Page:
Alexandra Lazarowich is an award-winning Cree filmmaker originally from northern Alberta, Canada. She is passionate about telling Indigenous stories. Her body of work as a director and producer includes LAKE, JESSE JAMS, A Portrait in Red, Indian Rights for Indian Women, Out of Nothing, Cree Code Talker, Crooked Creek, Empty Metal, INAATE/SE/, Alvaro, and award-winning film Fast Horse.
U.F.O (01:27), 2016, Rhayne Vermette
An apparition reveals itself on film and transmits vestiges of a forgotten origin. Have the onlookers interpreted its signs correctly, or was the message misunderstood? Inspired by found sound that captures the discovery of a mysterious event in the sky, U.F.O. was produced as part of the 11th edition of the NFB’s Hothouse apprenticeship program.
Rhayne Vermette was born in Notre Dame de Lourdes, Manitoba. It was while studying architecture at the University of Manitoba, that she fell into the practices of image-making and storytelling. Primarily self-taught, Rhayne’s films are opulent collages of fiction, animation, documentary, reenactments, and divine interruption. Ste. Anne is her first feature narrative.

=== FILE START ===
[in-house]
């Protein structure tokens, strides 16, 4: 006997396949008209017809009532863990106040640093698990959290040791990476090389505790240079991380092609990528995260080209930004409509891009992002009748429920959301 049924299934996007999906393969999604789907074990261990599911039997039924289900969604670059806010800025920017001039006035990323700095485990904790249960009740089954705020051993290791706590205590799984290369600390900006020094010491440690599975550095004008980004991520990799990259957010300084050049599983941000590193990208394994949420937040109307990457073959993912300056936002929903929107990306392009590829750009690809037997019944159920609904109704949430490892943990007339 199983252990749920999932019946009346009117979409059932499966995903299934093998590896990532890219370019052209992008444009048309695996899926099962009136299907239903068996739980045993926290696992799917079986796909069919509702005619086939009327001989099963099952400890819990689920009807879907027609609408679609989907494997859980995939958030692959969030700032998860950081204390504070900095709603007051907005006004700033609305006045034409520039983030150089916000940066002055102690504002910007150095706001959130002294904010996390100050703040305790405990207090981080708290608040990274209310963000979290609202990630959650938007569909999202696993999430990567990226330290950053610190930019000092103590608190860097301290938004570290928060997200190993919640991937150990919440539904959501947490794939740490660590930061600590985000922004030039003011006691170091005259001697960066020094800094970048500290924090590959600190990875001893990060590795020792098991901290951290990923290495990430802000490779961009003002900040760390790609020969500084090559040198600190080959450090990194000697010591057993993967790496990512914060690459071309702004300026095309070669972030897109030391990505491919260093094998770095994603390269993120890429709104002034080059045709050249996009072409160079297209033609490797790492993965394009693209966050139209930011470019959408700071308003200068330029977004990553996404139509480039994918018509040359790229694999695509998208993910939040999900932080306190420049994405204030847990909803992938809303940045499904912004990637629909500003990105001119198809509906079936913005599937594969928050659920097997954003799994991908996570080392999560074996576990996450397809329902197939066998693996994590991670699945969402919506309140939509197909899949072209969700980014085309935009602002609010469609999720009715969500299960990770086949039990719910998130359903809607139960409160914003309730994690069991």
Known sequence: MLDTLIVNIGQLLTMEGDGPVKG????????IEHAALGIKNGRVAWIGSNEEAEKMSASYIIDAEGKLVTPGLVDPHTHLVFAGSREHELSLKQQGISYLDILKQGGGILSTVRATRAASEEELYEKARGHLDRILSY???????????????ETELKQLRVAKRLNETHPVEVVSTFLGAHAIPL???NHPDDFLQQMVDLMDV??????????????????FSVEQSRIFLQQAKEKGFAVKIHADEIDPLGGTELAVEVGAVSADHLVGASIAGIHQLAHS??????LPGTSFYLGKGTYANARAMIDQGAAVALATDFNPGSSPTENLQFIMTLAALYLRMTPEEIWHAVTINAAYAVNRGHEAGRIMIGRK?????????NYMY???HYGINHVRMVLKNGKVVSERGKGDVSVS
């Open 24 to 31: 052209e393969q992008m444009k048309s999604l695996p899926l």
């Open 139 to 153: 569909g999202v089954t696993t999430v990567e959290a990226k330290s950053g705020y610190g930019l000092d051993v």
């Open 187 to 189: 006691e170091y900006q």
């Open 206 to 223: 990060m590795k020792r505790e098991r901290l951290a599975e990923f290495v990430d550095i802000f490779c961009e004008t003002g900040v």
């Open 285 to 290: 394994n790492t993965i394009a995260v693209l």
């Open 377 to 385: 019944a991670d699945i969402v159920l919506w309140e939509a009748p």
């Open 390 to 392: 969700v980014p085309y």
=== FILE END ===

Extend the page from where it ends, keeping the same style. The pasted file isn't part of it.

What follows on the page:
K'i Tah Amongst the Birch (11:00), 2020, Melaw Nakehk’o
Filmmaker/activist Melaw Nakehk’o has spent the pandemic with her family at a remote land camp in the Northwest Territories, “getting wood, listening to the wind, staying warm and dry, and watching the sun move across the sky.” In documenting camp life — activities like making fish leather and scraping moose hide — she anchors the Covid experience in a specific time and place.
Melaw Nakehko is Dehcho and Denesuline Dene and was born in Fort Simpson in the Northwest Territories, Canada. Nakehk’o is a filmmaker, activist, and visual artist who paints, sews, and beads, as well as a traditional moose hide tanner based out of Yellowknife, Northwest Territories.
Three Thousand (14:00), 2017, Asinnajaq